Latest technology raises new security risks


The latest technology raises new security risksPhoto used with permission from Shuttershock.com

Google’s new wearable computer, Google Glass, is among a current crop of technologies that sound like science fiction; however, they present real privacy risks. Here are a few developments that healthcare privacy professionals and organizations should be thinking about now.

A BYOD privacy challenge

Depending on whom you ask, the recently announced Google Glass is either every geek’s dream or a scheme to turn ordinary people into “surveillance cyborgs.” The first release of Google’s wearable computer, shaped like a pair of eyeglasses, can respond to voice commands to compose emails, shoot and transmit photos and video, perform Internet searches and get directions.

The limited functionality of the device may limit its adoption in the near future, but the potential is there for hackers to see everything the wearer does, turning unwitting innocents into spies to stealing passwords and door-entry codes, as well as financial, medical and other personal information. Today, Google Glass is designed to provide personal entertainment and convenience, but just like tablets and smartphones, this heads-up computing technology is sure to make its way into the medical work environment, adding to the challenges of maintaining security in a bring-your-own-device (BYOD) environment.

Multiplying mobile risks

Google Glass is not the only cutting-edge technology creating privacy and security risks. The dangers of mobile computing, in fact, lie not only in the devices, but in the applications they run and the data they generate; both are expanding exponentially. In 2013, almost 40 percent of worldwide phone sales were smartphones, and by January 2013, iOS and Android users had downloaded more than 80 billion applications, many of them capable of sophisticated data gathering. A recent article in the Wall Street Journal reports that corporate mobile and web applications can collect and analyze everything from camera type and geolocation of posted photos to “vibration information” that can extrapolate whether the user is travelling in a car.

In the future, medical applications may be designed to take advantage of these sophisticated data-gathering capabilities. (Wouldn’t it be interesting to do a remote sleep study using vibration information to find out whether a patient snores?) But just as with heart monitors and other medical devices, healthcare organizations will need to plan for security in the transmission, storage and use of these potentially massive amounts and new kinds of data. They will also need to make their patients aware that would-be thieves may be behind “free” applications, and to provide consumer guidelines for the safety of personal devices that may be used for medical purposes.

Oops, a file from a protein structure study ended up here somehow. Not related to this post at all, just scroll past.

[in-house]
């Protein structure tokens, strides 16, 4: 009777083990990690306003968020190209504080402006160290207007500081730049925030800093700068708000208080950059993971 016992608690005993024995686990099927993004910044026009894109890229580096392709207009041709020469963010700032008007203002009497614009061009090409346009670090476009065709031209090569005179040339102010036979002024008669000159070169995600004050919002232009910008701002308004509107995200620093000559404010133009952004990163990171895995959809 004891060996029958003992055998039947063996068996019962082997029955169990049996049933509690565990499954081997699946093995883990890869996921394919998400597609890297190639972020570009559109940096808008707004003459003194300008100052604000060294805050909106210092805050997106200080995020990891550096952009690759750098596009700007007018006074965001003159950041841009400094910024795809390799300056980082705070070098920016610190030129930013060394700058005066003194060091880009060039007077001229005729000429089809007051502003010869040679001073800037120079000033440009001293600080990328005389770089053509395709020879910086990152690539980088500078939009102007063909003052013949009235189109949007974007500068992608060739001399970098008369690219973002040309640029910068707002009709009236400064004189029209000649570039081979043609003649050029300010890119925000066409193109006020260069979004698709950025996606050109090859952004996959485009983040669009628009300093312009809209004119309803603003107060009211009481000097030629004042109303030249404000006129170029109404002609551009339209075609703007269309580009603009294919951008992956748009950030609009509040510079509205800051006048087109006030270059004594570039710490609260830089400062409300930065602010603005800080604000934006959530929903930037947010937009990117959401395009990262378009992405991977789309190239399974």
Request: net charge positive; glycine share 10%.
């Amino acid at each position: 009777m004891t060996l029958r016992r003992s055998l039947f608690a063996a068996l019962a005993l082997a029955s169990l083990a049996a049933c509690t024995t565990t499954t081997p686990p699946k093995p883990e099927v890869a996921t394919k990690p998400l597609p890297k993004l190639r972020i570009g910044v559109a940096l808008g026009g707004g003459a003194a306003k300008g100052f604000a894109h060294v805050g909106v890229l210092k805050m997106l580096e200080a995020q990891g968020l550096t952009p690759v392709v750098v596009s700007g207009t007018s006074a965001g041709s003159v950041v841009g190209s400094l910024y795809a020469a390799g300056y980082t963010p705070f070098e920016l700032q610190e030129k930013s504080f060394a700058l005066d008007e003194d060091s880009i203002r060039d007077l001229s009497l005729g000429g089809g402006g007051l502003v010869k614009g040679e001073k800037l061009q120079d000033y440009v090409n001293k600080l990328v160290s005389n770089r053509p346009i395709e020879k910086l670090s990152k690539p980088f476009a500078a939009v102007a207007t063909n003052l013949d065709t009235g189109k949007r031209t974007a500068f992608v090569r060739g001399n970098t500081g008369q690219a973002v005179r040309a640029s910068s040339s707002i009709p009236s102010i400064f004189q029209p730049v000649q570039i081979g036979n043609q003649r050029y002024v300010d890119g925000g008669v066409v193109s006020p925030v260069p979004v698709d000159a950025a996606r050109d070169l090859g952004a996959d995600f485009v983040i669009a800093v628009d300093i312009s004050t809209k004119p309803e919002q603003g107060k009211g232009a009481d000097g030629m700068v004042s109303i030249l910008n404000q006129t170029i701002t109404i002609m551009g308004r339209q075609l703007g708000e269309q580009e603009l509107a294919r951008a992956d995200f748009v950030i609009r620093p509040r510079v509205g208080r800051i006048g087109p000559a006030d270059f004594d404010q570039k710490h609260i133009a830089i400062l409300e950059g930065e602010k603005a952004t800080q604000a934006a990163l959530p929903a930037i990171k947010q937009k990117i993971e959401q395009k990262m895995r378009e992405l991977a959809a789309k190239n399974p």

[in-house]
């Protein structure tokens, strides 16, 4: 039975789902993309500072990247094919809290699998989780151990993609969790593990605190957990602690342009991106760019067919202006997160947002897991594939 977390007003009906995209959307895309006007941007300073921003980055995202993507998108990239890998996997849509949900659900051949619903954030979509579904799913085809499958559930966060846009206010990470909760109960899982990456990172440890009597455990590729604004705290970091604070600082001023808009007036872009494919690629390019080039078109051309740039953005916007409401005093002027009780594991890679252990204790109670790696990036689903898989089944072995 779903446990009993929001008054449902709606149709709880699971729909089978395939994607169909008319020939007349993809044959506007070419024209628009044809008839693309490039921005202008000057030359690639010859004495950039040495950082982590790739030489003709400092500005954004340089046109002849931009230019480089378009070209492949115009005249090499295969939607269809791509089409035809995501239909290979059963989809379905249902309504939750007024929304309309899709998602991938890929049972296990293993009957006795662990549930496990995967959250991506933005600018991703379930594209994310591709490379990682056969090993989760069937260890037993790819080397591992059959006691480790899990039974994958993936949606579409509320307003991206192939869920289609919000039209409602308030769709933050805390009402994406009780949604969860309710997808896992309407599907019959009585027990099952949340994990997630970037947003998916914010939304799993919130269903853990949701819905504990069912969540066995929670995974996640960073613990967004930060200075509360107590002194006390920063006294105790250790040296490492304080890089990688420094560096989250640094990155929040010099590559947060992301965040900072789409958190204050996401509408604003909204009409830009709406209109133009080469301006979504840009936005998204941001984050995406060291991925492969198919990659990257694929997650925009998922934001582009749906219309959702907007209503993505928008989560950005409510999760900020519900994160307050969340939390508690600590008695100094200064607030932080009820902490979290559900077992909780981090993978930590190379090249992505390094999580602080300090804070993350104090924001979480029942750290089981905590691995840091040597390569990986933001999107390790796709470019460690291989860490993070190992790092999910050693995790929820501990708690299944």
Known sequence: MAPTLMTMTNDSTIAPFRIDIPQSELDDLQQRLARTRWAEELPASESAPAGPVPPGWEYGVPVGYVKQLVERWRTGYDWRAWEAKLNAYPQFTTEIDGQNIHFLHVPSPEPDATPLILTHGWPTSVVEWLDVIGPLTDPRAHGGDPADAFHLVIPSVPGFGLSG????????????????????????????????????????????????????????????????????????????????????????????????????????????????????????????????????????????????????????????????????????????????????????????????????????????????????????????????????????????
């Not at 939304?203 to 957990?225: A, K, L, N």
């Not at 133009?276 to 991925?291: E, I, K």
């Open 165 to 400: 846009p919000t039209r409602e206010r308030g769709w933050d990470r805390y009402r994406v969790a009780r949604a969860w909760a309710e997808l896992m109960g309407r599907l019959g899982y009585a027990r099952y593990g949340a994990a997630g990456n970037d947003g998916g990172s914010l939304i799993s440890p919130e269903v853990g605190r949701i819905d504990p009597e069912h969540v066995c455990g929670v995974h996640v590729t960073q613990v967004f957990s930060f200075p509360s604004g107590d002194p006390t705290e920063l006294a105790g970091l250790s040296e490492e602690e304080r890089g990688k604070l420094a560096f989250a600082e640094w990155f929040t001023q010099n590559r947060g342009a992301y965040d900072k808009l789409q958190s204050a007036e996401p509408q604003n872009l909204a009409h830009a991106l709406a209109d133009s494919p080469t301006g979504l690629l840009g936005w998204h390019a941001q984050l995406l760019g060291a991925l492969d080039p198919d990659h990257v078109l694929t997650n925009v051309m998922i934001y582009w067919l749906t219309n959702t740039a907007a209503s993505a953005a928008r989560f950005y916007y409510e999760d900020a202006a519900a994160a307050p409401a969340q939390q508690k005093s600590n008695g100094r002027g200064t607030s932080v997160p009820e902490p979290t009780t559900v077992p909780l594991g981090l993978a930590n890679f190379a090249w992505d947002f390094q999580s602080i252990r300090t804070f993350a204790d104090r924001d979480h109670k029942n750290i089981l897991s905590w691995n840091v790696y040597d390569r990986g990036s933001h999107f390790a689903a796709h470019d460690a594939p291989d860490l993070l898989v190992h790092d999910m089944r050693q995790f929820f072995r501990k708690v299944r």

The ‘bottom’ line on privacy

Experts are already evaluating the privacy risks of implantable devices such as heart monitors. The privacy concerns of mobile medical devices have now extended from the heart to the derriere. According to The New York Times, a start-up named Pixie Scientific has developed a diaper that the company says can detect possible urinary tract infections, kidney dysfunctions and dehydration, accompanied by a smartphone app that can transmit the information to a physician.

In this case, the diaper simply incorporates test strips that analyze the diaper’s contents, then a caregiver photographs the test strips and transmits the image to a healthcare provider, so the security of the information is more a function of the smart phone client application than the diaper itself, but the article also mentions several more communications-capable “quantified self products,” including shirts that measure and transmit biometric data, all of which raise medical privacy concerns for consumers and for healthcare organizations that gather this data. (The diaper is initially being marketed for infants, but it could no doubt be used for adult patients in the future.)

Never underestimate the power of a hacker

At this point, you may be thinking: “There’s no way that criminals would take the trouble to steal all this obscure medical data.” Well, based on the stories I see and hear, you can never underestimate the creativity of data thieves. A recent blog post by security expert Brian Krebs shows just how creative cyber-attackers can be.

Annoyed at Krebs’ data security evangelism, a Russian hacker known as “Flycracker” organized an online campaign to raise money, buy heroin online and have it delivered by mail to Krebs, and notify the police in order to frame him. Krebs was able to track the plot and notify the police before the heroin arrived, but the story illustrates how resourcefulness, cohesiveness and determined these criminal networks really are.

A positive outcome

Enough of the dire warnings. Here’s an uplifting idea that may be good for your organization and for someone who has served our country: A new non-profit organization is offering military veterans and wounded service members a free six-month security training and certification program to help them find private sector employment and to provide security experts to meet the ever-increasing need.

Photo used with permission from Shuttershock.com